Top tips for first home buyers in Australia
You can access grants, incentives and discounts and save tens of thousands of dollars when buying your first home. Tips from these experts will show you how to get into your own home sooner.
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Buying your first property is an exciting time: the prospect of painting the walls, hanging pictures and creating your own sanctuary away from the world is exhilarating. With interest rates at historic lows, we've compiled these top tips for first home buyers to help you get into your own home sooner. Learn how to save a deposit, see how much you can afford to borrow or compare home loan options in the table below.
What's in this guide?
- Check that you're eligible for a home loan
- Research your finance options
- Sort out your debt to boost your borrowing power
- Buy with just a 5% deposit
- Calculate your stamp duty concessions
- Factor in the First Home Owner Grant
- Consider buying new
- Crunch all of your other costs
- Position yourself for success
- Caveat emptor (home buyers, beware!)
- Get expert help
- Create a home buying strategy
- Compare home loans for first home buyers
Check that you're eligible for a home loan
Before you get too excited about buying your first home, do some checks that you'll actually qualify for a home loan. Contact several lenders to get an idea of how much money you can borrow based on your current debts and financial position.
This will give you a realistic understanding of what (and where) you can actually buy. Try out Finder's home loan eligibility calculator to get a better idea of where you stand, and look for opportunities to boost your borrowing power; for instance, did you know that having a high credit card limit can impact your borrowing power?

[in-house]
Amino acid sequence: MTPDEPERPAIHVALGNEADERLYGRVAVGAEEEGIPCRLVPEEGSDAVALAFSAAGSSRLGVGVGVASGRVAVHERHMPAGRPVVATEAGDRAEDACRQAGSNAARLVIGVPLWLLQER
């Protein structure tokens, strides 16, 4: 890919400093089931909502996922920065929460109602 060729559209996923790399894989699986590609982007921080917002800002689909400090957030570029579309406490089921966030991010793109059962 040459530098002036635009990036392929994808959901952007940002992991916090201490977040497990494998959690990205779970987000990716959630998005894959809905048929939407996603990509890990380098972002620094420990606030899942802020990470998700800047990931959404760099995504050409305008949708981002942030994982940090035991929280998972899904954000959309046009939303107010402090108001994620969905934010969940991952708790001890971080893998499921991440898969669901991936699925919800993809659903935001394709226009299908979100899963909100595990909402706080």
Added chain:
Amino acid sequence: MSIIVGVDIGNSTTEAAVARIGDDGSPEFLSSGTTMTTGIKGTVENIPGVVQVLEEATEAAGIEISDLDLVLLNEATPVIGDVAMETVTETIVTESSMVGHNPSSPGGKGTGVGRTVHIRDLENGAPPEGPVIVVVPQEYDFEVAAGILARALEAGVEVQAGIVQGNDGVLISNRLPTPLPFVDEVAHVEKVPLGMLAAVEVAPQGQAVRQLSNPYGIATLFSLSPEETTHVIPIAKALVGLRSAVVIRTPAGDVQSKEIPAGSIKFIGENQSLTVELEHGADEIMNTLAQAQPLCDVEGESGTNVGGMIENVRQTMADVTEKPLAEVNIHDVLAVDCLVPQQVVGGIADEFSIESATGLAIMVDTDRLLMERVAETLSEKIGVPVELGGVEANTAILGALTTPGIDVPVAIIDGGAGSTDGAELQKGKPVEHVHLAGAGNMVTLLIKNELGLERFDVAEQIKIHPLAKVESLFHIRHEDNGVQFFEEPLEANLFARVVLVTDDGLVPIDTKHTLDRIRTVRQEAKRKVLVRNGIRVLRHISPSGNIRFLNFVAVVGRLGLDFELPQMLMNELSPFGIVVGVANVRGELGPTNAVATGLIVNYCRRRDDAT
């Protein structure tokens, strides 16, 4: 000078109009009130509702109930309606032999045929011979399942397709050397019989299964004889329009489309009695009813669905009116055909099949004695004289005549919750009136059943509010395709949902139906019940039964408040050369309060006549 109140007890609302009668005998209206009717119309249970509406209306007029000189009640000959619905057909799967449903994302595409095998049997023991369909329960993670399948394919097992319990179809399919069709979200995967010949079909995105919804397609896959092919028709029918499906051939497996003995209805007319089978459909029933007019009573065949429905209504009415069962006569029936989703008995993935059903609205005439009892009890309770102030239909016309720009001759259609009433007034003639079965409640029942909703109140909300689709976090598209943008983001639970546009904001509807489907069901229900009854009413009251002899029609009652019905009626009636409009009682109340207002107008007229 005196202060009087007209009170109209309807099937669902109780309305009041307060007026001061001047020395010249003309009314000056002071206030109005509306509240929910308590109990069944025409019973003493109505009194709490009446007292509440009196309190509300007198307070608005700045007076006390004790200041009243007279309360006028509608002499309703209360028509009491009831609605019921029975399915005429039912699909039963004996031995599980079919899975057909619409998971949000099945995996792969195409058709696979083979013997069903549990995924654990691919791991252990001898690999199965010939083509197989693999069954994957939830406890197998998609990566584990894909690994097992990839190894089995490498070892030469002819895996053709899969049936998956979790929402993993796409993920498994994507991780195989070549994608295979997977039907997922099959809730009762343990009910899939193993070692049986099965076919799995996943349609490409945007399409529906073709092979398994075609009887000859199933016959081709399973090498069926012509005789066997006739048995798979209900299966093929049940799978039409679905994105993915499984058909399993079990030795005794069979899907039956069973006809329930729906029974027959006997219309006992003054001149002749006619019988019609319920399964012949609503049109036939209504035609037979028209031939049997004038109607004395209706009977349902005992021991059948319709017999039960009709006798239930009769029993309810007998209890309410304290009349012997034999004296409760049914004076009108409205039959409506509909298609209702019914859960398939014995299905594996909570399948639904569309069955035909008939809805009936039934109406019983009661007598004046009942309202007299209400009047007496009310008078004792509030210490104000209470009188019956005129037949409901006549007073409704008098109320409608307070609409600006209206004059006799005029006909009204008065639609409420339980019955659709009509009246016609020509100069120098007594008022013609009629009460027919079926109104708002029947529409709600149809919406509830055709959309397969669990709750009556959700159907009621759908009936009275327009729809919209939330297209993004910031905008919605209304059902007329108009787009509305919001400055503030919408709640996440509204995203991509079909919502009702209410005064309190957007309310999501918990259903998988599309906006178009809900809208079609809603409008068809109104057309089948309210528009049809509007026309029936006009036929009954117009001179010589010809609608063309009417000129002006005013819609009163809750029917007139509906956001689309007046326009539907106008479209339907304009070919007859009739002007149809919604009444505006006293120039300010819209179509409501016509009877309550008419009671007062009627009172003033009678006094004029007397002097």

It may be worthwhile consolidating your credit cards to one new low-rate credit card so you can lower your limits and improve your overall financial position.
Research your finance options
The home loan market is complex and competitive, which is why it's a good idea to compare home loans, to make sure you're getting the right rate and features. There are a number of options – from variable to fixed rate loans, to interest-only and investment loans – and there are many different types of mortgages to suit different situations.
If you're self-employed, for instance, you might find that some banks rate you as being too "high risk", while others are more than willing to lend money. It's a matter of finding the right lender and right loan product for you and your situation.
Sort out your debt to boost your borrowing power
If you already have some personal debts, you might find it harder to get a home loan approved, or you may not be able to borrow quite as much as you wanted. Focus on paying off any large and/or unsecured debts you may have before you apply for a home loan, especially high-interest debts. Earlier we suggested consolidating your credit cards; if you have a number of personal loans or car finance, you might want to consider combining those debts into one as well.
Note that some debts, such as university HECS debt, are far less troubling to a lender than unsecured debts such as credit cards, so create a plan to pay off the highest interest debts first.
Buy with just a 5% deposit
The bigger your home loan deposit, the more you may be able to borrow, as many banks and lenders will lend you 80% of the loan, provided you can save the initial 20%. While it's possible to take out a loan with a 5% or 10% deposit, historically, you would have been required to pay lenders mortgage insurance in instances where you have less than a 20% deposit.
However, this has changed since the introduction of the First Home Loan Deposit Scheme (FHLDS), which allows eligible first home buyers to buy a home with just a 5% deposit – without paying lenders mortgage insurance.
Here's how much you would need to save up in order to buy your first home with a standard 20% deposit, versus saving just a 5% deposit – as you can see, the FHLDS has the potential to help you buy a home far sooner than may be possible if you had to save the full 10-20% deposit:
|Deposit size||$400,000 home||$500,000 home||$600,000 home||$700,000 home|
Calculate your stamp duty concessions